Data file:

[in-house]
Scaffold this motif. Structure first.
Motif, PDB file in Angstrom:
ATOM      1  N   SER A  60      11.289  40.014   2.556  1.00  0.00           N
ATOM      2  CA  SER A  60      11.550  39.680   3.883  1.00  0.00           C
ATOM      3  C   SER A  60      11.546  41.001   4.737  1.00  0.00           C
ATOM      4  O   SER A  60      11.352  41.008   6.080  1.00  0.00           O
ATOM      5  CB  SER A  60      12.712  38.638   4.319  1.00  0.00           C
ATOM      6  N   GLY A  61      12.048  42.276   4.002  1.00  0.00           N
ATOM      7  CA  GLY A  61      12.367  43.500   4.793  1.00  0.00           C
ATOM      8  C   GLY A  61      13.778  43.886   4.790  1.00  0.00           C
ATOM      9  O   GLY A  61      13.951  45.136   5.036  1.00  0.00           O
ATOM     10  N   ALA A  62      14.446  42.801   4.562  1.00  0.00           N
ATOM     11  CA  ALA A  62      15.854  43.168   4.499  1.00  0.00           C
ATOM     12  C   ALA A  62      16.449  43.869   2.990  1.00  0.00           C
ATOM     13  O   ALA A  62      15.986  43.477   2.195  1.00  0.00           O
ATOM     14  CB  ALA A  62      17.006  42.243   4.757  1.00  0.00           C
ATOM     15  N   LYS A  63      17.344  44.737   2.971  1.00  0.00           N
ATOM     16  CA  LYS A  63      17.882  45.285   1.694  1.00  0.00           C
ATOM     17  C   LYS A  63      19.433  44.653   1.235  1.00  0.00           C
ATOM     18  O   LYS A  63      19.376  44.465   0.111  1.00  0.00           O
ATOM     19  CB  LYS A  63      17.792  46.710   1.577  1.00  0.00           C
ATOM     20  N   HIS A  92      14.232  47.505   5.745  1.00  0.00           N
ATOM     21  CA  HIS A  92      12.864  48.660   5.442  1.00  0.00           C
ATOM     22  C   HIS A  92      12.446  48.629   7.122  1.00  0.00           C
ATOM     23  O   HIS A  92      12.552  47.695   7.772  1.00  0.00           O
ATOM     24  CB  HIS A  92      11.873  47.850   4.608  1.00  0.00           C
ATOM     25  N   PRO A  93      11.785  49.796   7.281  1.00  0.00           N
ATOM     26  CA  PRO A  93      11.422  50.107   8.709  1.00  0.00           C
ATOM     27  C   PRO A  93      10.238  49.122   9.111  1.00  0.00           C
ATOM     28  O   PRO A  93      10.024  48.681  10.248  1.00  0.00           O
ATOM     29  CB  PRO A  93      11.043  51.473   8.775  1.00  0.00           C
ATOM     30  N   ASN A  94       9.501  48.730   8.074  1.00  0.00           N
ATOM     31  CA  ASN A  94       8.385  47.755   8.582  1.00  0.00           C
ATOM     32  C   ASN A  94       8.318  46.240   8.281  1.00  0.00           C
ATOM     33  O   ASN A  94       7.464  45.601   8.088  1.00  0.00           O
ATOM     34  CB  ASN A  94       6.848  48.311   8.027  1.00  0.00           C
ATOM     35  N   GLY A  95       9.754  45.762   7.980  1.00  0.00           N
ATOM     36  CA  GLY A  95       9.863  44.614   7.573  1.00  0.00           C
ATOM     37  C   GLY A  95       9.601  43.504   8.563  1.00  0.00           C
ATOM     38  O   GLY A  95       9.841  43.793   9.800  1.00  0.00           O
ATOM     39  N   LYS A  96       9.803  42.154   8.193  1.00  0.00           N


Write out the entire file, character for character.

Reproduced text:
[in-house]
Scaffold this motif. Structure first.
Motif, PDB file in Angstrom:
ATOM      1  N   SER A  60      11.289  40.014   2.556  1.00  0.00           N
ATOM      2  CA  SER A  60      11.550  39.680   3.883  1.00  0.00           C
ATOM      3  C   SER A  60      11.546  41.001   4.737  1.00  0.00           C
ATOM      4  O   SER A  60      11.352  41.008   6.080  1.00  0.00           O
ATOM      5  CB  SER A  60      12.712  38.638   4.319  1.00  0.00           C
ATOM      6  N   GLY A  61      12.048  42.276   4.002  1.00  0.00           N
ATOM      7  CA  GLY A  61      12.367  43.500   4.793  1.00  0.00           C
ATOM      8  C   GLY A  61      13.778  43.886   4.790  1.00  0.00           C
ATOM      9  O   GLY A  61      13.951  45.136   5.036  1.00  0.00           O
ATOM     10  N   ALA A  62      14.446  42.801   4.562  1.00  0.00           N
ATOM     11  CA  ALA A  62      15.854  43.168   4.499  1.00  0.00           C
ATOM     12  C   ALA A  62      16.449  43.869   2.990  1.00  0.00           C
ATOM     13  O   ALA A  62      15.986  43.477   2.195  1.00  0.00           O
ATOM     14  CB  ALA A  62      17.006  42.243   4.757  1.00  0.00           C
ATOM     15  N   LYS A  63      17.344  44.737   2.971  1.00  0.00           N
ATOM     16  CA  LYS A  63      17.882  45.285   1.694  1.00  0.00           C
ATOM     17  C   LYS A  63      19.433  44.653   1.235  1.00  0.00           C
ATOM     18  O   LYS A  63      19.376  44.465   0.111  1.00  0.00           O
ATOM     19  CB  LYS A  63      17.792  46.710   1.577  1.00  0.00           C
ATOM     20  N   HIS A  92      14.232  47.505   5.745  1.00  0.00           N
ATOM     21  CA  HIS A  92      12.864  48.660   5.442  1.00  0.00           C
ATOM     22  C   HIS A  92      12.446  48.629   7.122  1.00  0.00           C
ATOM     23  O   HIS A  92      12.552  47.695   7.772  1.00  0.00           O
ATOM     24  CB  HIS A  92      11.873  47.850   4.608  1.00  0.00           C
ATOM     25  N   PRO A  93      11.785  49.796   7.281  1.00  0.00           N
ATOM     26  CA  PRO A  93      11.422  50.107   8.709  1.00  0.00           C
ATOM     27  C   PRO A  93      10.238  49.122   9.111  1.00  0.00           C
ATOM     28  O   PRO A  93      10.024  48.681  10.248  1.00  0.00           O
ATOM     29  CB  PRO A  93      11.043  51.473   8.775  1.00  0.00           C
ATOM     30  N   ASN A  94       9.501  48.730   8.074  1.00  0.00           N
ATOM     31  CA  ASN A  94       8.385  47.755   8.582  1.00  0.00           C
ATOM     32  C   ASN A  94       8.318  46.240   8.281  1.00  0.00           C
ATOM     33  O   ASN A  94       7.464  45.601   8.088  1.00  0.00           O
ATOM     34  CB  ASN A  94       6.848  48.311   8.027  1.00  0.00           C
ATOM     35  N   GLY A  95       9.754  45.762   7.980  1.00  0.00           N
ATOM     36  CA  GLY A  95       9.863  44.614   7.573  1.00  0.00           C
ATOM     37  C   GLY A  95       9.601  43.504   8.563  1.00  0.00           C
ATOM     38  O   GLY A  95       9.841  43.793   9.800  1.00  0.00           O
ATOM     39  N   LYS A  96       9.803  42.154   8.193  1.00  0.00           N